A day after hurricane Sandy hit the Jersey Shore, I started receiving text messages and phone calls from my clients asking me if my gym, CrossFit A-Game, was going to be open. I certainly didn’t mind opening considering how lucky my family and I made out from the storm living near Long Beach Island. But, I was surprised by how many people who had been affected by the storm wanted to come in to get their wod (workout of the day) in. I figured working out would be the last thing that would be on people’s list of things to do after a 100 year storm. One member that didn’t have electricity for four days finally found out we were open and looked forward to the workout as much as his first hot shower in days. I told the guy it wasn’t necessary to workout to get a shower but he wouldn’t hear of it.
This got me thinking that perhaps our people are comfortable to being uncomfortable. In a way, they thrive on stress. Stress is not destroyed homes, damaged businesses leading to unemployment, or worse case losing a loved one, but stress is how we process adverse situations. Stress is the body’s physiological response to its environment. We always hear that exercise relieves stress. Who is to say that you can’t get practice at dealing with stress?
Through CrossFit we look at two aspects, physical and neurological, to develop fitness. People get so caught up with the physical part of working out and either don’t know or are not harnessing enough of the neurological piece of training. The neurological piece of working out, in addition to the hormonal change, is part of the endocrine system in the body. With a neurological and hormonal response during a workout a stress is created, tantamount to the same chemical reactions in the body as a bad day.
The only difference we can expect is the stress created in a workout is controlled and known, whereas, stress created outside the realm of a workout is unpredictable. Think of the athlete that prepares for a sporting event. The athlete does workouts to prepare for the unknown variables that are going to occur on game day. Not only is the body of the athlete tempered by training and practicing, but the mind is prepared to receive the stress. If we apply this to everyday life it is an easier application. We are not all professional athletes like football players, MMA fighters, or sprinters. We don’t have to deal with getting smashed by a linebacker, taking a blow to the head, or running for your life. Most of our stress outside the gym, short of catastrophe, might be dealing with a bad customer, making a car payment on time, or being stuck in traffic. Studies are being run at the University of Southern California to measure the most extreme cases of the central nervous system frying with post traumatic stress disorder in soldiers. These tests are being run to see if PTSD can be “vaccinated” through incremental exposure to battlefield situations in hopes of fortifying the central nervous system. There is no physical harm that will come of our everyday stress but our inability to deal with everyday stress can lead to long term health problems.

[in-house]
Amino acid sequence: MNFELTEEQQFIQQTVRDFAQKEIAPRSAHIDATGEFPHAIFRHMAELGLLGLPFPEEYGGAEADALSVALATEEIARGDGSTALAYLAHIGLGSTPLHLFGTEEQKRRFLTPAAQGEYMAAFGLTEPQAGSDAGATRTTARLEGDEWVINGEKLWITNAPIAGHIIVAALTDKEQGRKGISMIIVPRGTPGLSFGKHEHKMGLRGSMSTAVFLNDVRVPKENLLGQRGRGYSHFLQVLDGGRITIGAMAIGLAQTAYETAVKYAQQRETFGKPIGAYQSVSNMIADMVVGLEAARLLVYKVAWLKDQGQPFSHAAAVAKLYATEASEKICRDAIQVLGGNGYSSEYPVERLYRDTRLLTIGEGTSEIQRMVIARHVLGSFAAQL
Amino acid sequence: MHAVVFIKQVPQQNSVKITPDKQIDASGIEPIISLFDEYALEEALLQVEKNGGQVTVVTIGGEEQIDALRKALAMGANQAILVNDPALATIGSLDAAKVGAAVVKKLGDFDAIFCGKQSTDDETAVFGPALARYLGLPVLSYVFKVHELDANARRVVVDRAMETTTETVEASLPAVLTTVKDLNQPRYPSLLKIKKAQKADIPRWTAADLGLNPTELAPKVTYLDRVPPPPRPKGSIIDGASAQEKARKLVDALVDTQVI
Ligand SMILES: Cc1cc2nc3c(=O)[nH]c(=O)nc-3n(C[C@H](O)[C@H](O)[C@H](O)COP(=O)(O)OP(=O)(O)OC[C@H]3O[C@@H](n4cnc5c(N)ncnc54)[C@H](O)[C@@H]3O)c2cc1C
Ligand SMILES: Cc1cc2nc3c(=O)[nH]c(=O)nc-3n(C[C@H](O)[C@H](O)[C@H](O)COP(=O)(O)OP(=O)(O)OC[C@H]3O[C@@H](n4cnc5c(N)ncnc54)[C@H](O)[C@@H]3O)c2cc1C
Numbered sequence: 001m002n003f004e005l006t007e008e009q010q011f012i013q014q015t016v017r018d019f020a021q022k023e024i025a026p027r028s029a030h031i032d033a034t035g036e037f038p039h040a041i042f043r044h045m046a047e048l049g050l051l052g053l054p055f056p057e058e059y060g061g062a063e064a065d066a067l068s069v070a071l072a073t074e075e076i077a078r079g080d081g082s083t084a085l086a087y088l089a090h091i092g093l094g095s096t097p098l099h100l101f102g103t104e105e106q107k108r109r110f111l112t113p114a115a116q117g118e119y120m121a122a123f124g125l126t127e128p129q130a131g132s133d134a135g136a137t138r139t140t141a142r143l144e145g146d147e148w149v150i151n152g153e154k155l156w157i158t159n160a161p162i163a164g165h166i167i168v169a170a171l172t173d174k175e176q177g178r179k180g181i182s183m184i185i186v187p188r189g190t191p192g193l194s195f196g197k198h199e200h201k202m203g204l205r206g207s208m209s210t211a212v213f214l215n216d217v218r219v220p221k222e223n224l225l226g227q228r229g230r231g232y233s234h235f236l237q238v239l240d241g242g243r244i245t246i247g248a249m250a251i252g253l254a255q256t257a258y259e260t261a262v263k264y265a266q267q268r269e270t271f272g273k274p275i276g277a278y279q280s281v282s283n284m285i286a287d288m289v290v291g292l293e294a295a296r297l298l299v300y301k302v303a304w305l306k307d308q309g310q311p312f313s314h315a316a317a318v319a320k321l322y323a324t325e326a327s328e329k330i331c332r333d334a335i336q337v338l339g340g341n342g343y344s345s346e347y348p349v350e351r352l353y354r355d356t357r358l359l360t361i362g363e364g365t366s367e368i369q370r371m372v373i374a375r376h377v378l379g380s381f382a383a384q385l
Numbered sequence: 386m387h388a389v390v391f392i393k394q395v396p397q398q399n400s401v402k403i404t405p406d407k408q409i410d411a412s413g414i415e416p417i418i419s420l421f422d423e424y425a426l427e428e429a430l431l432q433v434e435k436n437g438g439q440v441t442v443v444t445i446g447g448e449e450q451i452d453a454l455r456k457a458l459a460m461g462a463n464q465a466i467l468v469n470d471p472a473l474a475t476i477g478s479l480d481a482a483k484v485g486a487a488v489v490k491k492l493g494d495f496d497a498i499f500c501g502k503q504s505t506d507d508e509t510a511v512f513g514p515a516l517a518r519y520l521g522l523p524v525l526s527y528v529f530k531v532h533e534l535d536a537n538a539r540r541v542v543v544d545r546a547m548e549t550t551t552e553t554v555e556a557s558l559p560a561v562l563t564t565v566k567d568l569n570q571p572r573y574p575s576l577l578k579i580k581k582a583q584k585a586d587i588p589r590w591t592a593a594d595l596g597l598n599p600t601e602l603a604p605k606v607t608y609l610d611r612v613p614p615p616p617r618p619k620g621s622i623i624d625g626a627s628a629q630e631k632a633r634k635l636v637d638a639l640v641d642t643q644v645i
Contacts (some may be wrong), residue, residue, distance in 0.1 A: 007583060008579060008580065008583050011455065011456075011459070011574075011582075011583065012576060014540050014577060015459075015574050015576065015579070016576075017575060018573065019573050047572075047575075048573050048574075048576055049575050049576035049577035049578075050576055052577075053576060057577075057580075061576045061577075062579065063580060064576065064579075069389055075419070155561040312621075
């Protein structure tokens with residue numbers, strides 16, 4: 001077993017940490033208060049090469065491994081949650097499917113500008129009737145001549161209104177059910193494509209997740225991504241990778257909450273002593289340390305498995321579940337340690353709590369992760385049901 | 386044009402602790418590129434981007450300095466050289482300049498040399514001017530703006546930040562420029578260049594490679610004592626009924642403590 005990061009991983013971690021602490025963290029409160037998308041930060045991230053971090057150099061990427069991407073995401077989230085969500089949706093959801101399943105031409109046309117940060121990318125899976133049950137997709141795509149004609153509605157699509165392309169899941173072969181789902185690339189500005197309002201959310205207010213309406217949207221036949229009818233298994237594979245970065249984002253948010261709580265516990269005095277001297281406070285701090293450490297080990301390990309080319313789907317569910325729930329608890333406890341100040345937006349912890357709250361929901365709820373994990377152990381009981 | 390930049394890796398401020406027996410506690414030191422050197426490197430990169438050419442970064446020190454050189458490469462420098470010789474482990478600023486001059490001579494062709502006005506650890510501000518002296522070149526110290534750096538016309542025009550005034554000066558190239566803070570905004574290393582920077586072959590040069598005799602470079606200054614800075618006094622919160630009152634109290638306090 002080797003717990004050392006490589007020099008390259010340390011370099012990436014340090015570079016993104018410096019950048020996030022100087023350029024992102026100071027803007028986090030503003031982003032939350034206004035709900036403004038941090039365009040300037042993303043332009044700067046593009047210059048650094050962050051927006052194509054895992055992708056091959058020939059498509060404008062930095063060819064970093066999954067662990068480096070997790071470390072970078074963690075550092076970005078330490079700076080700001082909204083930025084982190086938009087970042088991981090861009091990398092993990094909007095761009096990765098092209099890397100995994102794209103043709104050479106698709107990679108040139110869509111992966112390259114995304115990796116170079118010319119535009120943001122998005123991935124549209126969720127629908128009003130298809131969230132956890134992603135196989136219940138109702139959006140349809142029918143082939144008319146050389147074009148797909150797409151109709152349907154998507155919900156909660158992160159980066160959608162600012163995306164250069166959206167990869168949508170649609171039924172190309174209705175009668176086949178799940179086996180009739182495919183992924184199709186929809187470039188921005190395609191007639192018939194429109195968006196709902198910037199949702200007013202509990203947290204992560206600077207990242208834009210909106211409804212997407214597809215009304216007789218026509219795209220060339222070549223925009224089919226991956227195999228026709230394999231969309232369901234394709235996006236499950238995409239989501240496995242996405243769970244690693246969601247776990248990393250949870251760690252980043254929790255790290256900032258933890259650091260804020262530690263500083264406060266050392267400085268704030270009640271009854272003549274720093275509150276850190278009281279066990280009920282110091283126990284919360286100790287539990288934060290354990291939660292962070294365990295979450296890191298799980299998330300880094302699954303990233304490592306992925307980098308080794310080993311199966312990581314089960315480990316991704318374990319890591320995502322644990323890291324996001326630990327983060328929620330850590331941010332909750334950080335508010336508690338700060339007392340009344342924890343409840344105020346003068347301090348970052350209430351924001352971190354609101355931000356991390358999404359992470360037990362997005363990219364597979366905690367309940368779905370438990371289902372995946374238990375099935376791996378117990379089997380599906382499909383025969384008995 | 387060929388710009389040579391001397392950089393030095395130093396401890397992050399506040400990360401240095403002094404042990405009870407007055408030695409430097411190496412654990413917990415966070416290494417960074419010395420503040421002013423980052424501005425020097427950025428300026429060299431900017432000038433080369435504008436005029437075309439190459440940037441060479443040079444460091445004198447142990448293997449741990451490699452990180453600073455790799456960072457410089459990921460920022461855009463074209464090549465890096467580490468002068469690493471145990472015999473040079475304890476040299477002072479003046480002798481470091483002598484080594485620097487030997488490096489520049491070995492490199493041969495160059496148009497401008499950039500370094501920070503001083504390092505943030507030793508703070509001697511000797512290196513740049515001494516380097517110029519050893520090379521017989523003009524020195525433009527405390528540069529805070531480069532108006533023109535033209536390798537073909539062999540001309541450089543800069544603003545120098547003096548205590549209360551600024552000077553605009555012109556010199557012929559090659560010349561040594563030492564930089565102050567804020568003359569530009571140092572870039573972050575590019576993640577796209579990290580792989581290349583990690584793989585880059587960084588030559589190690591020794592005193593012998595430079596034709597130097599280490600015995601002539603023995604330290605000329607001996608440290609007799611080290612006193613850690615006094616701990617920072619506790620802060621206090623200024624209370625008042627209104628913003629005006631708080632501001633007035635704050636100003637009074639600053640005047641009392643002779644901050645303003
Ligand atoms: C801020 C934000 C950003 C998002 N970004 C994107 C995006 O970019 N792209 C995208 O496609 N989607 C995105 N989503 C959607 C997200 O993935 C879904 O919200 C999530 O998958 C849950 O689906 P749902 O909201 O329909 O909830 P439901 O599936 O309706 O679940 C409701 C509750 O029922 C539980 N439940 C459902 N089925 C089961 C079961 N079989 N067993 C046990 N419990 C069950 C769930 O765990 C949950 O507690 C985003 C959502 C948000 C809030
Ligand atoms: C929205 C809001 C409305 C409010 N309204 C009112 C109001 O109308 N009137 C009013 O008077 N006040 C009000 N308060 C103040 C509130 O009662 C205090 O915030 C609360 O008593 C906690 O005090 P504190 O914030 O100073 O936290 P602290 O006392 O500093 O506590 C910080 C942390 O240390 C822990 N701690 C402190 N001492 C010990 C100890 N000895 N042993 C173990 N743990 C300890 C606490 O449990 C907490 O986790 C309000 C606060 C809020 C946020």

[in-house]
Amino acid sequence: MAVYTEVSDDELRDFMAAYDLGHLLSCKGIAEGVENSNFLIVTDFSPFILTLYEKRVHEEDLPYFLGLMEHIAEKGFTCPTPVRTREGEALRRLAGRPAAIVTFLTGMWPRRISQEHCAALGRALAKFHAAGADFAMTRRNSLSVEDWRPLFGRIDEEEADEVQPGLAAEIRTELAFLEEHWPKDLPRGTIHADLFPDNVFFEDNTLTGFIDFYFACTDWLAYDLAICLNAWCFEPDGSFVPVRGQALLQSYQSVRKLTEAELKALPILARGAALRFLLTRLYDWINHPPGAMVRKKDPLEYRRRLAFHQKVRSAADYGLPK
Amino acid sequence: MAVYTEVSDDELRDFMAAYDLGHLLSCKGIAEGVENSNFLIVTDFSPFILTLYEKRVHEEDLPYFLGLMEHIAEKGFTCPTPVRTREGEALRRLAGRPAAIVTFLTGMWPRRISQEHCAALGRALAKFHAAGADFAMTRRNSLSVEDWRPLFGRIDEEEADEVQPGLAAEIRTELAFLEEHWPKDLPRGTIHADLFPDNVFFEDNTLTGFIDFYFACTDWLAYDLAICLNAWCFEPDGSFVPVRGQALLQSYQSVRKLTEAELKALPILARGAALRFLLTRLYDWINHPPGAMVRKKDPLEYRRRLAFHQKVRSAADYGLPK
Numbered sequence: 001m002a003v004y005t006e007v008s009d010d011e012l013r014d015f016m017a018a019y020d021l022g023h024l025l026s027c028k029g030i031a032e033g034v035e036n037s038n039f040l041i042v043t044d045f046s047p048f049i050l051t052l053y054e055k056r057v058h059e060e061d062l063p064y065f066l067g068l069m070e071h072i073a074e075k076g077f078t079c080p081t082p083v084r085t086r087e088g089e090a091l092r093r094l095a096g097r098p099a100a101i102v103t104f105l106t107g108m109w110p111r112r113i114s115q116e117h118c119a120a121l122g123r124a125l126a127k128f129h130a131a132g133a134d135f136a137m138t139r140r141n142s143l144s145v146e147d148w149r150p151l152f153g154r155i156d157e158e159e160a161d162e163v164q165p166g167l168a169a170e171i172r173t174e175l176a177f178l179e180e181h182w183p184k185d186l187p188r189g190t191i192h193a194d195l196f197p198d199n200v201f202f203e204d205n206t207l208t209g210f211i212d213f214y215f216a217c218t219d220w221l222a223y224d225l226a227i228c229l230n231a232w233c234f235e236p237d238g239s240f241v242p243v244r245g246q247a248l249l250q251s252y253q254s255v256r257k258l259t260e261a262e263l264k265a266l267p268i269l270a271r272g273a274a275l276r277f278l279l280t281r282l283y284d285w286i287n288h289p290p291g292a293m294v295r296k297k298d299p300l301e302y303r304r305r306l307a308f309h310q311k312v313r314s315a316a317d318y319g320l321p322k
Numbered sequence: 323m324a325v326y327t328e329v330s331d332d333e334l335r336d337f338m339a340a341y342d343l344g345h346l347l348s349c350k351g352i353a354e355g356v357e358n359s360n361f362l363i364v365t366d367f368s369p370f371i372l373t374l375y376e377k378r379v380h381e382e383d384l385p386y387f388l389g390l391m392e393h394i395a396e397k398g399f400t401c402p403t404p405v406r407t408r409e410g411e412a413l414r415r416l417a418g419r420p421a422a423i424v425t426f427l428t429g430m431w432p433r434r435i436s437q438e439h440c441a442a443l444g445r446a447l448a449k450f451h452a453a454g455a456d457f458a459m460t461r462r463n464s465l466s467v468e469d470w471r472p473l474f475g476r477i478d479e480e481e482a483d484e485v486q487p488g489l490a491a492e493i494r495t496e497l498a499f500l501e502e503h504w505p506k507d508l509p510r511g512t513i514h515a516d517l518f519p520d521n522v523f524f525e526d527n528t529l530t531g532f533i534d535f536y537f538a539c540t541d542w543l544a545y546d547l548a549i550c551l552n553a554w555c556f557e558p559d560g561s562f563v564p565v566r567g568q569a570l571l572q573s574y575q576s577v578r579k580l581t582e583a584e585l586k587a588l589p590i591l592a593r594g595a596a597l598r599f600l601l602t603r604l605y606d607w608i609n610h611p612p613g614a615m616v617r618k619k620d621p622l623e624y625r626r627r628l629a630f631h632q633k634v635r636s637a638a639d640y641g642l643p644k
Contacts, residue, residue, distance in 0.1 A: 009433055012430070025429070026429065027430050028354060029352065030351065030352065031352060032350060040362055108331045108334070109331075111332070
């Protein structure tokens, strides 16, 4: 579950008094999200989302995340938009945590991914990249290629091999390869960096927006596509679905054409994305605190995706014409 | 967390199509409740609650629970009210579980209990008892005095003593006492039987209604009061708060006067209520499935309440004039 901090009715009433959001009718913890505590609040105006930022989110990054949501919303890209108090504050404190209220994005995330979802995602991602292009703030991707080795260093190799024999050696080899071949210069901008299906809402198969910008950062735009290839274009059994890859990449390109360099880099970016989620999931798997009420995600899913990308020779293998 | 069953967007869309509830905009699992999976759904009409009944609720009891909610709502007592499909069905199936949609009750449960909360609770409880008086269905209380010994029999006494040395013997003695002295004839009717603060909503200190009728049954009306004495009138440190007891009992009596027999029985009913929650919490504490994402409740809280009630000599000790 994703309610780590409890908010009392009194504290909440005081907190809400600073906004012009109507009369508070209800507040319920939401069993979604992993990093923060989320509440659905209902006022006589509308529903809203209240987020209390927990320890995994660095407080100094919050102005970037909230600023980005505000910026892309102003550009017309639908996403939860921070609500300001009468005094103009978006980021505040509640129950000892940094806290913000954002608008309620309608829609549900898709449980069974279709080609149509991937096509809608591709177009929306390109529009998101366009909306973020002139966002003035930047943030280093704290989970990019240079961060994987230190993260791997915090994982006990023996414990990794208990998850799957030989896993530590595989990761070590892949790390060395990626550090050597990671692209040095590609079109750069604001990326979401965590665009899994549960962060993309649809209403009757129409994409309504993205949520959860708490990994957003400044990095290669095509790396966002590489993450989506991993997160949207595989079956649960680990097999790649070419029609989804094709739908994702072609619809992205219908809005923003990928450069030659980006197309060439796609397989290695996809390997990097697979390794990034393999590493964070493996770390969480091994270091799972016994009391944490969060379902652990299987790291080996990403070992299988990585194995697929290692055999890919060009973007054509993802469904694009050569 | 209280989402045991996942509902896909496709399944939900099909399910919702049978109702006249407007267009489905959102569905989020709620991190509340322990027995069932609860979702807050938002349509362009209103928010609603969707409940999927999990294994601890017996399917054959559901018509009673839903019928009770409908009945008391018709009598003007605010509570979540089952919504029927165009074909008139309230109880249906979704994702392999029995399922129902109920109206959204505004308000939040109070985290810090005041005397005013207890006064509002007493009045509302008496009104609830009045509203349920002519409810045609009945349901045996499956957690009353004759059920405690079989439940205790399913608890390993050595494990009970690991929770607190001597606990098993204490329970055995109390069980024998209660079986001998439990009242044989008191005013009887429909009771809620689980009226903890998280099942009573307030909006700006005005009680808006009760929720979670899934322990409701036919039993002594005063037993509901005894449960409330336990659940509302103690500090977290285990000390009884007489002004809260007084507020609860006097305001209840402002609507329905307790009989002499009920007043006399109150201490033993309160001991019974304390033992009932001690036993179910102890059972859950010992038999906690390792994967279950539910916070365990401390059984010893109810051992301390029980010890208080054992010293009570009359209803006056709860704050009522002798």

The confidence that is created through exercise by looking and feeling better physically should make everyday stress easier to metabolize. If you have the physical ability to run a 5K, a 10K, a marathon or lift your bodyweight for several repetitions then shouldn’t something like getting cut off in traffic seem like a mundane event compared to what you are capable? All of the training that lead up to those accomplishments has tempered the demeanor, increased confidence, and forged the central nervous system to withstand a beating. Our ability to deal with stress is the key to leading a successful life and staying healthy. If you are working out or thinking about working out try and make it worth it. If you can text message between sets, watch television, or carry on a conversation while looking at yourself in the mirror at the local gym you might not be challenging yourself enough for your own good. Your best bet is surround yourself with like minded people and trainers that want to get the most out of their workout and as we say around our gym, “embrace the suck”.
Damian O’Hara is owner of Ares Athletic Club, home of CrossFit-A-Game located in Manahawkin, NJ. He has been training in martial arts for over 15 years and is a black belt in Judo and Brazilian Jiu-Jitsu as well as a certified CrossFit Instructor.